• Does your offer contain more than the usual contingencies?

Once youíve reassessed, you can determine if a second offer is appropriate for your situation, or if youíre ready to move onto other prospects with the knowledge youíve gained from this experience in hand.

2. Formulate your second offer

So, youíve decided to make another attempt at the house. Now is the time to discuss details with your spouse and real estate agent.

Out of respect for the sellerís time and their timeline for selling the home, you should treat your second offer as your last.

So, make sure youíre putting your best offer forward. This can mean removing those contingencies mentioned earlier or increasing the amount. However, be realistic about your budget and donít waive contingencies that are necessary (commonly appraisals, inspection, and financing contingencies).

3. Consider including a personal offer letter

In todayís competitive market, many sellers are fielding multiple offers on their home. To set yourself apart from the competitors and to help the seller get to know your goals and reasoning better, a personal letter is often a great tool.

Donít be afraid to give details in your offer letter. Explain what excites you about the house, why it is ideal for your family, and what your plans are for living there.

What shouldnít you include in your offer letter? Avoid statements that try to evoke pity or guilt from the seller. This seldom works and will put-off most buyers to your offer.

4. Moving on is good time management

If you arenít comfortable increasing your offer or if you receive a second rejection, itís typically a good idea to move onto other prospects. It may seem like wasted time--however, just like a job interview that didnít go as planned, itís an excellent learning experience.

Youíll walk away knowing more about the negotiation process, dealing with sellers and agents, and you might even find a home thatís better than the first one in the process!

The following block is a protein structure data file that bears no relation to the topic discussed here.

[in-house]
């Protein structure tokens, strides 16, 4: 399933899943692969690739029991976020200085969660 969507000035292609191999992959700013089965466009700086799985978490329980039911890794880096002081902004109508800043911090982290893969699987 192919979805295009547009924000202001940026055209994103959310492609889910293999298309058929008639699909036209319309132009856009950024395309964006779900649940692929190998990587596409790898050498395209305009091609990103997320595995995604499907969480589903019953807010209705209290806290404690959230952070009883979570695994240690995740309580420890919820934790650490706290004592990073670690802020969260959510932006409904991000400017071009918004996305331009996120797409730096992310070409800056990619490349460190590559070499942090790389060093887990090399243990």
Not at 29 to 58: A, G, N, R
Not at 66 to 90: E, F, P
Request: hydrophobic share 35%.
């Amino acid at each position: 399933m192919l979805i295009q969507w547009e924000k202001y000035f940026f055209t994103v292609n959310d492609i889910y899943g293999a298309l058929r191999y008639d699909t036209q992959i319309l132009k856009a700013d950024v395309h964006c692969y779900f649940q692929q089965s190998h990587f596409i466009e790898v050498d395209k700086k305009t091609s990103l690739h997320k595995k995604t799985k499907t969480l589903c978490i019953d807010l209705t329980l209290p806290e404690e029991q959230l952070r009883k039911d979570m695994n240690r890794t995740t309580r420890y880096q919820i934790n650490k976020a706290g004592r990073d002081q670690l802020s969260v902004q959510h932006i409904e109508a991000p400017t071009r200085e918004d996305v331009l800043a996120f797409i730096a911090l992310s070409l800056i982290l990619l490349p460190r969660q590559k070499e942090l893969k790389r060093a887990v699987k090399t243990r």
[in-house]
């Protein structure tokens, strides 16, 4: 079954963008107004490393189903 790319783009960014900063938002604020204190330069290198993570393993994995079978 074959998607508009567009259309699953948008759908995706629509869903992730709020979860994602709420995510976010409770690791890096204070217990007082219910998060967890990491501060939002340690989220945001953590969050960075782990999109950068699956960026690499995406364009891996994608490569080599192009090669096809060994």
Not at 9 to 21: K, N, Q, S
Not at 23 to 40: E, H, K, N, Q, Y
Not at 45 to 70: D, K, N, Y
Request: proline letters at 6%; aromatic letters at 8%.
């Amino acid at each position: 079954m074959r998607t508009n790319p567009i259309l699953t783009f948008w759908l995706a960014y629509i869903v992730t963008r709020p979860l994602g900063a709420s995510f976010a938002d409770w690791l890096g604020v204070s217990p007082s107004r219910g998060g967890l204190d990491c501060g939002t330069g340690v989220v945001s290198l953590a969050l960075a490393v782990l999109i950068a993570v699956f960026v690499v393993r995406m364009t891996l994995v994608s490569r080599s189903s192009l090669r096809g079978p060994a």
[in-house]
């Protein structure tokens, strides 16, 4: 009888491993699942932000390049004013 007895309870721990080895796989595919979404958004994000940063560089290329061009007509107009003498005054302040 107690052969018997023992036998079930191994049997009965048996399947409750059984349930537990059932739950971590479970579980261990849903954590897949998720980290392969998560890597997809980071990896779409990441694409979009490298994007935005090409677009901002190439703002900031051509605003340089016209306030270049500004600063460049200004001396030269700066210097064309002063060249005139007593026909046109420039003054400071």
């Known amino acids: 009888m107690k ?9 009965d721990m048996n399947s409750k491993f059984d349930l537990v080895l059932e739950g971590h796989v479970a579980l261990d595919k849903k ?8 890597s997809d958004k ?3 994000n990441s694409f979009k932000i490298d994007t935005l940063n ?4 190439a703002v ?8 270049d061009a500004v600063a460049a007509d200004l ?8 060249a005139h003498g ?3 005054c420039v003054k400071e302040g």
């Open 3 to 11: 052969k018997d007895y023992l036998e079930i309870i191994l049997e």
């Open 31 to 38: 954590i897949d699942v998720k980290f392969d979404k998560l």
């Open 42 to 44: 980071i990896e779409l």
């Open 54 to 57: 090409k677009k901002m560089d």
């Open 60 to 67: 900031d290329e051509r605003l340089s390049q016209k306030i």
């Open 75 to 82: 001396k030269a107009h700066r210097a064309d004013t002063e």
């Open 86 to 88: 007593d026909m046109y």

Categories: Uncategorized  


Posted by IDEAL Real Estate, LLC on 8/26/2018

When youíre buying a home, thereís a lot to think about. Your finances probably have the biggest impact in the entire home search process. The amount of a down payment you have and the amount of loan youíre approved for help decide what you can buy. 


When you hear about closing costs, what do they entail? How much will you need to cover these costs? Many people get to the closing table for their home purchase and feel unprepared. Youíll need a certain amount of cash on hand when you finally close on a home. Learn more about closing costs, so that you understand everything that you need to know about your home purchase.    


Closing costs are spelled out pretty plainly in just about every kind of real estate contract. These costs are the fees associated with the title companies, attorney, banks, lenders and everyone else who is involved in the purchase of a home. The closing table is also the time when you provide your sizable down payment. The closing costs that are being referred to are considered a separate expense independent of the closing costs.


Closing Costs Vary


Closing costs can range from anywhere between 2 and 8 percent of the purchase price of the home. You canít really ďchooseĒ whatís included in the closing, so youíll need to have an idea of how much money youíll need to write a check for. Lenders can give you an estimate of about how much closing costs will be. 


Negotiations 


Certain things like the realtorís commission fees can be negotiated and can be paid for by the buyer or the seller. The good news is that you can roll your closing fees in with your mortgage in some cases. You may also be able to negotiate with your lender to pay the closing costs for you in exchange for a higher interest rate. 


Whatís Included In Closing Costs?


Depending upon where and what type of home youíre buying, what the closing costs actually cover varies. Hereís just some of the things that closing costs cover:


  • Appraisal
  • Escrow fees
  • Credit reports
  • Title search
  • Title exam fee
  • Survey fee
  • Courier fee (Most transactions are done electronically, but in some cases this may be necessary)
  • Title insurance
  • Ownerís title insurance
  • Natural hazards disclosure
  • Homeownerís insurance (Your first year of insurance is often paid at closing)
  • Buyerís attorney fee
  • Lenderís attorney fee
  • Transfer taxes
  • Recording fees
  • Processing fees
  • Underwriting fee
  • Pre-paid interest
  • Pest inspections
  • Homeowner's association transfer fees
  • Special assessments


These fees vary widely by state and the type of property that youíre purchasing. Not every fee is required, but the above is just a list of many of the possible fees that could be included in on the closing of the home you choose.